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J.M. Synge’s highly controversial play The Playboy of the Western World exposed the middle-class Dublin audience to a different portrayal of Irish countryside life as opposed to the traditional idyllic image they were accustomed to. Synge strongly employs the element of satire in his play, implemented as a device to shock his conventional audience; the play’s lack of morals would have offended the audience, so satire is also used to inject humour, creating a light-hearted tragicomedy. In pages 59 – 62 the presence of satire can be analysed in terms of satirising gender, religion and the presentation of rural Ireland, in addition to how satire is present throughout the entire play.
Synge depicts Christy Mahon as a weak, frightened, young man at the beginning of the excerpt, whereas Pegeen is given a strong, almost masculine persona, protecting him from the Widow’s advances. When the Widow is introduced, the audience sees Christy “clinging to Pegeen” exclaiming “Oh Glory!” with Pegeen having to hurriedly give Christy his supper and usher him off to bed like a child. In this extract, the audience sees how Pegeen is given the ‘protector’ role, exhibiting maternal instincts. In 1907, the satirising of gender roles shown with Synge giving more status to women than men would amuse the audience, as it conflicts with the traditional Irish patriarchal society. Christy is painted as the classic ‘damsel-in-distress’, with Pegeen having to fight the Widow, angrily telling her that she will “not have him tormented, and he destroyed travelling since Tuesday was a week”. Again it is evident that Christy is shying away from his expected male role, leaving Pegeen to defend him, amusing the audience. When the Widow “pulls Christy up”, as “they’d best be going, young fellow; so rise up and come with me”, Pegeen retaliates by “seizing his arm”, insisting “he’ll not stir”. Christy has been compromised in terms of his masculinity; two women have physically placed their control over him, and Christy lacks the strength to disprove their control.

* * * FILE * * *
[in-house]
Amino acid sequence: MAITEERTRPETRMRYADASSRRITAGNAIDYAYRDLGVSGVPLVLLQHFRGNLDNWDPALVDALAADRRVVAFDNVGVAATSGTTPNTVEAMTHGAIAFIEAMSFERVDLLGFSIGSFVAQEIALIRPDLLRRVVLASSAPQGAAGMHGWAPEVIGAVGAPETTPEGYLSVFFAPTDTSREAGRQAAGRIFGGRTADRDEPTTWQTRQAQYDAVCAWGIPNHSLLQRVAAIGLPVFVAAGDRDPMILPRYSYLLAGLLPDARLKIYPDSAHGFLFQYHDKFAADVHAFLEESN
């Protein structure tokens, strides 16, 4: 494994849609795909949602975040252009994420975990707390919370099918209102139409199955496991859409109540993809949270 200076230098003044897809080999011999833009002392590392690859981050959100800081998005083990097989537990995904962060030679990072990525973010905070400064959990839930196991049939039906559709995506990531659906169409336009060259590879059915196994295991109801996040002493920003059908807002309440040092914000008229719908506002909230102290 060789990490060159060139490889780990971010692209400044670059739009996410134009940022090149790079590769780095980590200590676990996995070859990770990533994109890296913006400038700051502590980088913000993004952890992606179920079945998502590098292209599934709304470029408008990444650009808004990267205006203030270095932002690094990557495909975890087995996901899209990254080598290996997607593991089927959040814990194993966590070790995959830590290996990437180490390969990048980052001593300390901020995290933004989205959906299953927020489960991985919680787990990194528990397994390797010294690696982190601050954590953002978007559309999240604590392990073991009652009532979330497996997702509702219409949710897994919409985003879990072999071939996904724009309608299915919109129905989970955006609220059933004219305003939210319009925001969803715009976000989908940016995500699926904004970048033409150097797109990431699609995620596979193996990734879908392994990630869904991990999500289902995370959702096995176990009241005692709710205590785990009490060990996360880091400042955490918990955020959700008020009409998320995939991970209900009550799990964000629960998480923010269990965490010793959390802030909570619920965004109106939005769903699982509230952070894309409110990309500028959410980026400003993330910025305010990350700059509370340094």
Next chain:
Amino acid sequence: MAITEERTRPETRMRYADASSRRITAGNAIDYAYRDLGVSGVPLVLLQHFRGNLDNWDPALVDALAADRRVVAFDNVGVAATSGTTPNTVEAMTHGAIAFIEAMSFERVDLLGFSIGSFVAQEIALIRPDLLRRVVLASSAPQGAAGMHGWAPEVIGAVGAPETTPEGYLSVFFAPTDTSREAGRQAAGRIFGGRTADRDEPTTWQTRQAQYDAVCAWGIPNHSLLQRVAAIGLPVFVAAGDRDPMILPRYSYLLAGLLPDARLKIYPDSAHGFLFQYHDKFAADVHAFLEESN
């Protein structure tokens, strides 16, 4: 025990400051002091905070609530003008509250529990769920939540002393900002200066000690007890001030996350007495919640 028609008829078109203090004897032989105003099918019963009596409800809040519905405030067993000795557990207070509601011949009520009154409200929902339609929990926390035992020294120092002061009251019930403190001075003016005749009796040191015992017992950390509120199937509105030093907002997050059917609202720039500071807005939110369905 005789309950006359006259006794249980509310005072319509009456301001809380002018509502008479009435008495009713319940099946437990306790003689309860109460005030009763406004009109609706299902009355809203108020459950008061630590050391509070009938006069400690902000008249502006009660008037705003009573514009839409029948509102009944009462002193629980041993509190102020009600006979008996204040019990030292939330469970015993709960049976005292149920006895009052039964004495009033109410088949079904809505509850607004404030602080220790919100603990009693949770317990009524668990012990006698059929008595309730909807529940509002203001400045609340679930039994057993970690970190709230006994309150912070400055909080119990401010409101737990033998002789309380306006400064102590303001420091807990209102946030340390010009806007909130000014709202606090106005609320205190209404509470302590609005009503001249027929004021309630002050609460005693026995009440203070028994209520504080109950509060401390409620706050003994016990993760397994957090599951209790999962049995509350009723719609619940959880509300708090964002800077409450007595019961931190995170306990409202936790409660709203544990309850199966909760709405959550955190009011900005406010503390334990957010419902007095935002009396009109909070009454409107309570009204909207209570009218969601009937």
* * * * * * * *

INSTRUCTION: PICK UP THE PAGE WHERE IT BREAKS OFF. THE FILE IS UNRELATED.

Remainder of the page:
This scene would have been very comedic, as not only are Pegeen and the Widow effectively having a ‘brawl’, a male associated activity, but Christy is helpless in the middle, like a female. Traditionally, it would have been the men who ‘wooed’ the women, but Synge has ignored this, with Christy being rather violently ‘wooed’ by Pegeen and the Widow, eliciting laughter from the audience, who would find the explicit use of satire highly amusing. Synge is presenting Christy’s essential emasculation, shown by reversing traditional gender roles. Later on in the play a mule race takes place; as D. P. Moran observes, “the pursuit of physical-contact Gaelic games [was used as] an antidote to such emasculation”. Christy’s partaking in the race shows how he used this opportunity to reassert his gender after feeling emasculated by Pegeen and the Widow.